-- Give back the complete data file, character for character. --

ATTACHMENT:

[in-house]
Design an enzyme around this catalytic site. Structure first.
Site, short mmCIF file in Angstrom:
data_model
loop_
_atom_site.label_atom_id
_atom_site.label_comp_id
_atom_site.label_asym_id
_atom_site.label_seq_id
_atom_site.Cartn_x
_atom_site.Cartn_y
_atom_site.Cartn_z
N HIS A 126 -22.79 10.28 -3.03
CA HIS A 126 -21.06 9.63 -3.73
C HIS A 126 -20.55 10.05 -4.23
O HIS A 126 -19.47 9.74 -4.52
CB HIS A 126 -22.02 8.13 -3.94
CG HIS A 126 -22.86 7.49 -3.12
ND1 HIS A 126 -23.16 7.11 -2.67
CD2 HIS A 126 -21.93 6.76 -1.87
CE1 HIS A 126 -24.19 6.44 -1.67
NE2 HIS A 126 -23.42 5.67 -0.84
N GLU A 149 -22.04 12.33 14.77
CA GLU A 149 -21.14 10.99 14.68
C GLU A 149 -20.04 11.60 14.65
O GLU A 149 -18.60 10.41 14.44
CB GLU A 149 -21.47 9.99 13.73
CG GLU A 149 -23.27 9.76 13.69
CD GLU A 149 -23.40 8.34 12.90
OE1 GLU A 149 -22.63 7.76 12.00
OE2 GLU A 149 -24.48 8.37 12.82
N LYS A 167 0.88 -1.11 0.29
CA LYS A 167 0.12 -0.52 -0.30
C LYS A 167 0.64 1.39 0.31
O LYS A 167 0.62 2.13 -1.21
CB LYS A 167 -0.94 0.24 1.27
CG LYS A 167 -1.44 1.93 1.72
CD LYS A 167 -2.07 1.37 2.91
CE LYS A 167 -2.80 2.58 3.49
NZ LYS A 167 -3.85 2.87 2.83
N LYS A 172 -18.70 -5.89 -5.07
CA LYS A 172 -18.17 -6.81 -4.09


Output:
[in-house]
Design an enzyme around this catalytic site. Structure first.
Site, short mmCIF file in Angstrom:
data_model
loop_
_atom_site.label_atom_id
_atom_site.label_comp_id
_atom_site.label_asym_id
_atom_site.label_seq_id
_atom_site.Cartn_x
_atom_site.Cartn_y
_atom_site.Cartn_z
N HIS A 126 -22.79 10.28 -3.03
CA HIS A 126 -21.06 9.63 -3.73
C HIS A 126 -20.55 10.05 -4.23
O HIS A 126 -19.47 9.74 -4.52
CB HIS A 126 -22.02 8.13 -3.94
CG HIS A 126 -22.86 7.49 -3.12
ND1 HIS A 126 -23.16 7.11 -2.67
CD2 HIS A 126 -21.93 6.76 -1.87
CE1 HIS A 126 -24.19 6.44 -1.67
NE2 HIS A 126 -23.42 5.67 -0.84
N GLU A 149 -22.04 12.33 14.77
CA GLU A 149 -21.14 10.99 14.68
C GLU A 149 -20.04 11.60 14.65
O GLU A 149 -18.60 10.41 14.44
CB GLU A 149 -21.47 9.99 13.73
CG GLU A 149 -23.27 9.76 13.69
CD GLU A 149 -23.40 8.34 12.90
OE1 GLU A 149 -22.63 7.76 12.00
OE2 GLU A 149 -24.48 8.37 12.82
N LYS A 167 0.88 -1.11 0.29
CA LYS A 167 0.12 -0.52 -0.30
C LYS A 167 0.64 1.39 0.31
O LYS A 167 0.62 2.13 -1.21
CB LYS A 167 -0.94 0.24 1.27
CG LYS A 167 -1.44 1.93 1.72
CD LYS A 167 -2.07 1.37 2.91
CE LYS A 167 -2.80 2.58 3.49
NZ LYS A 167 -3.85 2.87 2.83
N LYS A 172 -18.70 -5.89 -5.07
CA LYS A 172 -18.17 -6.81 -4.09